• To work around this, we create a single network outside of Compose’s infrastructure, and place our nginx-proxy container in that network. To do this, we need to define this network as external in the docker-compose.yml - this way Compose will not try to create the network itself, but just assign the containers it creates to the existing outside network.

  • If we try to run this as is, Compose will error out telling us the external network doesn’t exist.

We need to initially create the proxy network manually with:

sudo docker network create nginx-proxy

Now we can run our proxy container and SSL companion:

sudo docker-compose up -d

And continue with deploying at least one application behind the proxy to see that it actually works.

Running applications behind the proxy

For various application I run on the server, I create separate directories in /home/olex. Let’s look at one of the simplest possible apps: a web server with some static content.

Single-container applications

To run such a server, one could use Apache, Lighttpd or another Nginx. I prefer to use things I know, and Nginx is plenty small and fast as a static content server, so that’s what I go with. Here’s the docker-compose.yml for such an “application”, if you can even call it that:

version: '3'

services:
  nginx:
    image: nginx:alpine
    expose:
      - "80"
    environment:
      - VIRTUAL_HOST=static.domain.tld
      - VIRTUAL_PORT=80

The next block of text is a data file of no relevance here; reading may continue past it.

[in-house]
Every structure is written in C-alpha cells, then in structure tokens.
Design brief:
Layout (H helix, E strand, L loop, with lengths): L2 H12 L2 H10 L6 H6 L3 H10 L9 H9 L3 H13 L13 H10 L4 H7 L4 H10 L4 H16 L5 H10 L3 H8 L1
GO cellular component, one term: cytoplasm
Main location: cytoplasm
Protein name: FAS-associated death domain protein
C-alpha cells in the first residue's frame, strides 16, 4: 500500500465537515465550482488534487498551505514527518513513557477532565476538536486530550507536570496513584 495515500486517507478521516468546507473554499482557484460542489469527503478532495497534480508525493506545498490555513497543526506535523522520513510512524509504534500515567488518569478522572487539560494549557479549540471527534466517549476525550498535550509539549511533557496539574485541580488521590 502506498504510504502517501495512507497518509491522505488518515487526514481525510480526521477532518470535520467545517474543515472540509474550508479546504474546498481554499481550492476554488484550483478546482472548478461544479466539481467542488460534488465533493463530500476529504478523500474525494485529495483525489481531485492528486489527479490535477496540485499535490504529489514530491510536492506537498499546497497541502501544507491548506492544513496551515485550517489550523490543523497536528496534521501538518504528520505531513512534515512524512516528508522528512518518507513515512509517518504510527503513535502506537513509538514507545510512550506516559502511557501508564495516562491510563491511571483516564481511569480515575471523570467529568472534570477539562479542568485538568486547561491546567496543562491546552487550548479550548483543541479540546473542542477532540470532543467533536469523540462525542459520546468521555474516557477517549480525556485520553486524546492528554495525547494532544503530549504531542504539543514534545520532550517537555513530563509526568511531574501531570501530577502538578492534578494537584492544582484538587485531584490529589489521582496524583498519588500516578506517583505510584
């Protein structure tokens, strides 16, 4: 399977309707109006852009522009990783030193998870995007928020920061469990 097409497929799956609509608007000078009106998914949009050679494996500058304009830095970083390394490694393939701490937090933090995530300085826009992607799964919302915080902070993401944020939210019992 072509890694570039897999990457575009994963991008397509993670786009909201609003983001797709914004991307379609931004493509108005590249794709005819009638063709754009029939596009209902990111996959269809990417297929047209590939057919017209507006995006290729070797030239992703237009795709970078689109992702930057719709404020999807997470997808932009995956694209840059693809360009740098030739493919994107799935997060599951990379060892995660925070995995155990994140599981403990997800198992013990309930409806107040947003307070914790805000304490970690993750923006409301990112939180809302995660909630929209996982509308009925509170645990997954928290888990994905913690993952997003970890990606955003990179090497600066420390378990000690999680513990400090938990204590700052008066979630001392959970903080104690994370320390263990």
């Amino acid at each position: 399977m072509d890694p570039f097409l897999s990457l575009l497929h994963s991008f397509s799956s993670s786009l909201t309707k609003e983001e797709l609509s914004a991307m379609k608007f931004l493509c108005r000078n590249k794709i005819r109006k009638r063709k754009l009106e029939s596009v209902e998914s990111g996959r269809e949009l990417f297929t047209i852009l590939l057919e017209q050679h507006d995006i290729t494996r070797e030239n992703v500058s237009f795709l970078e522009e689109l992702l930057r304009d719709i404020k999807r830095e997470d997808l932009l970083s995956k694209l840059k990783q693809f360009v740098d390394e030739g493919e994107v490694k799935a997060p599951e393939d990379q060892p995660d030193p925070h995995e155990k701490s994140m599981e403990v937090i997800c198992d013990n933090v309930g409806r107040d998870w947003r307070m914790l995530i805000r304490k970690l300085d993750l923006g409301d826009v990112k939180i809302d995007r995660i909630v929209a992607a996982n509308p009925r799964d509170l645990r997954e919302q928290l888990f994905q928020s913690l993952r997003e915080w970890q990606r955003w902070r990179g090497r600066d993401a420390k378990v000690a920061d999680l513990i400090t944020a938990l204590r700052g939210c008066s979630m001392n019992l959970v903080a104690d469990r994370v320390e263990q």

- LETSENCRYPT_HOST=static.domain.tld
      - LETSENCRYPT_EMAIL=email@somewhere.tld
    volumes:
      - /home/olex/static/files:/usr/share/nginx/html:ro
    networks:
      - proxy
    restart: unless-stopped

networks:
  proxy:
    external:
      name: nginx-proxy

Let’s go through this point by point.

  • There’s a single service, nginx, running the tiny nginx:alpine image. We don’t need more than that to serve some static content.

  • There are no ports forwarded to the host, but port 80 is exposed - this is necessary so nginx-proxy can forward to it.

  • Environment variables set all configuration values needed by nginx-proxy and letsencrypt:
    • VIRTUAL_HOST tells nginx-proxy under which domain should this container be reachable.
    • VIRTUAL_PORT tells nginx-proxy which port to forward requests to. In this case it’s 80 as is usual for a HTTP server, it could be any other port - e.g. various Node.js apps typically serve up on port 3000.
    • LETSENCRYPT_HOST tells letsencrypt that this container’s traffic should be SSL encrypted, and which domain to request a Let’s Encrypt certificate for. It is a bit redundant to VIRTUAL_HOST (I can’t think of a situation where you’d want them to be different), but that’s how the proxy containers work.
    • LETSENCRYPT_EMAIL is used to tell Let’s Encrypt where to send certificate expiration notices. Typically this never happens, because letsencrypt auto-renews certificates as necessary. If you get such an email and you haven’t taken the service down, you’ll at least know something’s not working properly.
  • /home/olex/static/files host directory is mounted to the default server root location inside nginx in read-only mode, allowing it to serve those files but not modify them (one can never be too careful).

  • Container is assigned to the same external network as used above. This allows nginx-proxy to forward requests despite this being a separate Compose application, that would normally be completely isolated from other containers on the host.

Multi-container applications